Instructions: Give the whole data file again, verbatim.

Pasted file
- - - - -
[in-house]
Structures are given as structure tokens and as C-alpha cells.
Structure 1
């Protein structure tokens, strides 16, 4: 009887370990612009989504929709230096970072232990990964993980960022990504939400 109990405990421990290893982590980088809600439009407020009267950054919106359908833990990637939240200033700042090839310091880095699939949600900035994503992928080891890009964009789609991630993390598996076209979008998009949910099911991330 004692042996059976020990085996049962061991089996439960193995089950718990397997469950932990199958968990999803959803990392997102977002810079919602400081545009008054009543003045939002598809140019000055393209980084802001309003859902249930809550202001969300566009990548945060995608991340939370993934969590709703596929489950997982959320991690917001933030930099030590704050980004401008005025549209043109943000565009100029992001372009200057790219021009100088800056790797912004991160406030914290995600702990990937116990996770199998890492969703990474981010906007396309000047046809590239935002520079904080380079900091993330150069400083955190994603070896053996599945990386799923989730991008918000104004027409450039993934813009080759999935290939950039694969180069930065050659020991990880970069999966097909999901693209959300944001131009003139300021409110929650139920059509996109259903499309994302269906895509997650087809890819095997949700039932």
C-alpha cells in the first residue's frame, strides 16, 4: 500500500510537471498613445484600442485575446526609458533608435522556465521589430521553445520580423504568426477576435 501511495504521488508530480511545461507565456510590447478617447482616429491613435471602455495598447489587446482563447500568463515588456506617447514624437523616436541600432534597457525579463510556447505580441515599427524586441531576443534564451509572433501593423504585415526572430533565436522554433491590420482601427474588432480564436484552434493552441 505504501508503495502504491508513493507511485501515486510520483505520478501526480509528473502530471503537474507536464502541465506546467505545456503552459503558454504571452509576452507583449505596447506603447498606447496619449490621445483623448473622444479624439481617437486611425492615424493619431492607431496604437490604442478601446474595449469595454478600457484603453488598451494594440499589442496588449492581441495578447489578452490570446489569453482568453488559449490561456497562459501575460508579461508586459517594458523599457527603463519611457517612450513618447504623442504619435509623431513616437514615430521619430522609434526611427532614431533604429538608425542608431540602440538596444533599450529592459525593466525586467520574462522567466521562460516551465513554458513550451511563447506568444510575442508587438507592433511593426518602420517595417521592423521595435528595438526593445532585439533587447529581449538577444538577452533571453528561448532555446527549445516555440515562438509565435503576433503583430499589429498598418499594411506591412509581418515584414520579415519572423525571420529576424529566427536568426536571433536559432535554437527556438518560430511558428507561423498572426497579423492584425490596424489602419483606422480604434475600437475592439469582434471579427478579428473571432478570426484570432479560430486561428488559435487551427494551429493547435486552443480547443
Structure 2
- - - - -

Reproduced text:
[in-house]
Structures are given as structure tokens and as C-alpha cells.
Structure 1
């Protein structure tokens, strides 16, 4: 009887370990612009989504929709230096970072232990990964993980960022990504939400 109990405990421990290893982590980088809600439009407020009267950054919106359908833990990637939240200033700042090839310091880095699939949600900035994503992928080891890009964009789609991630993390598996076209979008998009949910099911991330 004692042996059976020990085996049962061991089996439960193995089950718990397997469950932990199958968990999803959803990392997102977002810079919602400081545009008054009543003045939002598809140019000055393209980084802001309003859902249930809550202001969300566009990548945060995608991340939370993934969590709703596929489950997982959320991690917001933030930099030590704050980004401008005025549209043109943000565009100029992001372009200057790219021009100088800056790797912004991160406030914290995600702990990937116990996770199998890492969703990474981010906007396309000047046809590239935002520079904080380079900091993330150069400083955190994603070896053996599945990386799923989730991008918000104004027409450039993934813009080759999935290939950039694969180069930065050659020991990880970069999966097909999901693209959300944001131009003139300021409110929650139920059509996109259903499309994302269906895509997650087809890819095997949700039932």
C-alpha cells in the first residue's frame, strides 16, 4: 500500500510537471498613445484600442485575446526609458533608435522556465521589430521553445520580423504568426477576435 501511495504521488508530480511545461507565456510590447478617447482616429491613435471602455495598447489587446482563447500568463515588456506617447514624437523616436541600432534597457525579463510556447505580441515599427524586441531576443534564451509572433501593423504585415526572430533565436522554433491590420482601427474588432480564436484552434493552441 505504501508503495502504491508513493507511485501515486510520483505520478501526480509528473502530471503537474507536464502541465506546467505545456503552459503558454504571452509576452507583449505596447506603447498606447496619449490621445483623448473622444479624439481617437486611425492615424493619431492607431496604437490604442478601446474595449469595454478600457484603453488598451494594440499589442496588449492581441495578447489578452490570446489569453482568453488559449490561456497562459501575460508579461508586459517594458523599457527603463519611457517612450513618447504623442504619435509623431513616437514615430521619430522609434526611427532614431533604429538608425542608431540602440538596444533599450529592459525593466525586467520574462522567466521562460516551465513554458513550451511563447506568444510575442508587438507592433511593426518602420517595417521592423521595435528595438526593445532585439533587447529581449538577444538577452533571453528561448532555446527549445516555440515562438509565435503576433503583430499589429498598418499594411506591412509581418515584414520579415519572423525571420529576424529566427536568426536571433536559432535554437527556438518560430511558428507561423498572426497579423492584425490596424489602419483606422480604434475600437475592439469582434471579427478579428473571432478570426484570432479560430486561428488559435487551427494551429493547435486552443480547443
Structure 2